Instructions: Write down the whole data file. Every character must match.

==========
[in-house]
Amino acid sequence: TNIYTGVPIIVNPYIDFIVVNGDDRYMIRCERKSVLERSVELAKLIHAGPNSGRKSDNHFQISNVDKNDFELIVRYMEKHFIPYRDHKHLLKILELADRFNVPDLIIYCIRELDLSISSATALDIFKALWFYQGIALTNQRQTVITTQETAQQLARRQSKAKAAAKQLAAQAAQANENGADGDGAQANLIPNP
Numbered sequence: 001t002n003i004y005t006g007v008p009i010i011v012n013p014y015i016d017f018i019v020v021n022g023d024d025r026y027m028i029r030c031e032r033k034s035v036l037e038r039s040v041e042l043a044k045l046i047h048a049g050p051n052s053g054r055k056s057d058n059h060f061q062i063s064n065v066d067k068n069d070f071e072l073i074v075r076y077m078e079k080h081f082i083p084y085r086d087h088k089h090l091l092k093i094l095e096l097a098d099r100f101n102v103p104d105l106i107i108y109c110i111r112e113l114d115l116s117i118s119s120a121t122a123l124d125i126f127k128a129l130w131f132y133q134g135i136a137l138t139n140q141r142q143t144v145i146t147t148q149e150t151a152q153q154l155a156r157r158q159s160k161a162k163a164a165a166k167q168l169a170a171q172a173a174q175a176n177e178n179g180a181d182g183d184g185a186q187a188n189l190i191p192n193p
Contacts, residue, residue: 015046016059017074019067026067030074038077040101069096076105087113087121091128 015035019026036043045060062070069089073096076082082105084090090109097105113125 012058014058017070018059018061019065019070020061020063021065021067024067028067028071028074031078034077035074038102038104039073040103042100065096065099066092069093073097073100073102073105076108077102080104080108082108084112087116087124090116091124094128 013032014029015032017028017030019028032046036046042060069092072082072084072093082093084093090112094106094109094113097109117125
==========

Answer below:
[in-house]
Amino acid sequence: TNIYTGVPIIVNPYIDFIVVNGDDRYMIRCERKSVLERSVELAKLIHAGPNSGRKSDNHFQISNVDKNDFELIVRYMEKHFIPYRDHKHLLKILELADRFNVPDLIIYCIRELDLSISSATALDIFKALWFYQGIALTNQRQTVITTQETAQQLARRQSKAKAAAKQLAAQAAQANENGADGDGAQANLIPNP
Numbered sequence: 001t002n003i004y005t006g007v008p009i010i011v012n013p014y015i016d017f018i019v020v021n022g023d024d025r026y027m028i029r030c031e032r033k034s035v036l037e038r039s040v041e042l043a044k045l046i047h048a049g050p051n052s053g054r055k056s057d058n059h060f061q062i063s064n065v066d067k068n069d070f071e072l073i074v075r076y077m078e079k080h081f082i083p084y085r086d087h088k089h090l091l092k093i094l095e096l097a098d099r100f101n102v103p104d105l106i107i108y109c110i111r112e113l114d115l116s117i118s119s120a121t122a123l124d125i126f127k128a129l130w131f132y133q134g135i136a137l138t139n140q141r142q143t144v145i146t147t148q149e150t151a152q153q154l155a156r157r158q159s160k161a162k163a164a165a166k167q168l169a170a171q172a173a174q175a176n177e178n179g180a181d182g183d184g185a186q187a188n189l190i191p192n193p
Contacts, residue, residue: 015046016059017074019067026067030074038077040101069096076105087113087121091128 015035019026036043045060062070069089073096076082082105084090090109097105113125 012058014058017070018059018061019065019070020061020063021065021067024067028067028071028074031078034077035074038102038104039073040103042100065096065099066092069093073097073100073102073105076108077102080104080108082108084112087116087124090116091124094128 013032014029015032017028017030019028032046036046042060069092072082072084072093082093084093090112094106094109094113097109117125